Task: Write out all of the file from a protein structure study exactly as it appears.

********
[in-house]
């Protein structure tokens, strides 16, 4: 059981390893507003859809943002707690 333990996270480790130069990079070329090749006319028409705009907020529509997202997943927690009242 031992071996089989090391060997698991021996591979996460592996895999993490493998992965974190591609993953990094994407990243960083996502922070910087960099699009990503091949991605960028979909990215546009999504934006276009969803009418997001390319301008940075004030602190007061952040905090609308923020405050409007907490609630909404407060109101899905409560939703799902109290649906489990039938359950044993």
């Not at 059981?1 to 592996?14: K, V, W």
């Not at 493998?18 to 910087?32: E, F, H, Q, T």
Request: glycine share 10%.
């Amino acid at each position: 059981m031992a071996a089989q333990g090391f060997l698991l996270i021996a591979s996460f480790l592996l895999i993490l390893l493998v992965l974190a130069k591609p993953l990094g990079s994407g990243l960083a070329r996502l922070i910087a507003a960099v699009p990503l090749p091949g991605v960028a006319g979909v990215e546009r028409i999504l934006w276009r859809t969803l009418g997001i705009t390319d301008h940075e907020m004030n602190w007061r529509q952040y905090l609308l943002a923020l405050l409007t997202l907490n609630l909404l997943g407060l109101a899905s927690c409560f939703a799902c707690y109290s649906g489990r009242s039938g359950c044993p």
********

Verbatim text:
[in-house]
């Protein structure tokens, strides 16, 4: 059981390893507003859809943002707690 333990996270480790130069990079070329090749006319028409705009907020529509997202997943927690009242 031992071996089989090391060997698991021996591979996460592996895999993490493998992965974190591609993953990094994407990243960083996502922070910087960099699009990503091949991605960028979909990215546009999504934006276009969803009418997001390319301008940075004030602190007061952040905090609308923020405050409007907490609630909404407060109101899905409560939703799902109290649906489990039938359950044993």
């Not at 059981?1 to 592996?14: K, V, W």
């Not at 493998?18 to 910087?32: E, F, H, Q, T």
Request: glycine share 10%.
């Amino acid at each position: 059981m031992a071996a089989q333990g090391f060997l698991l996270i021996a591979s996460f480790l592996l895999i993490l390893l493998v992965l974190a130069k591609p993953l990094g990079s994407g990243l960083a070329r996502l922070i910087a507003a960099v699009p990503l090749p091949g991605v960028a006319g979909v990215e546009r028409i999504l934006w276009r859809t969803l009418g997001i705009t390319d301008h940075e907020m004030n602190w007061r529509q952040y905090l609308l943002a923020l405050l409007t997202l907490n609630l909404l997943g407060l109101a899905s927690c409560f939703a799902c707690y109290s649906g489990r009242s039938g359950c044993p």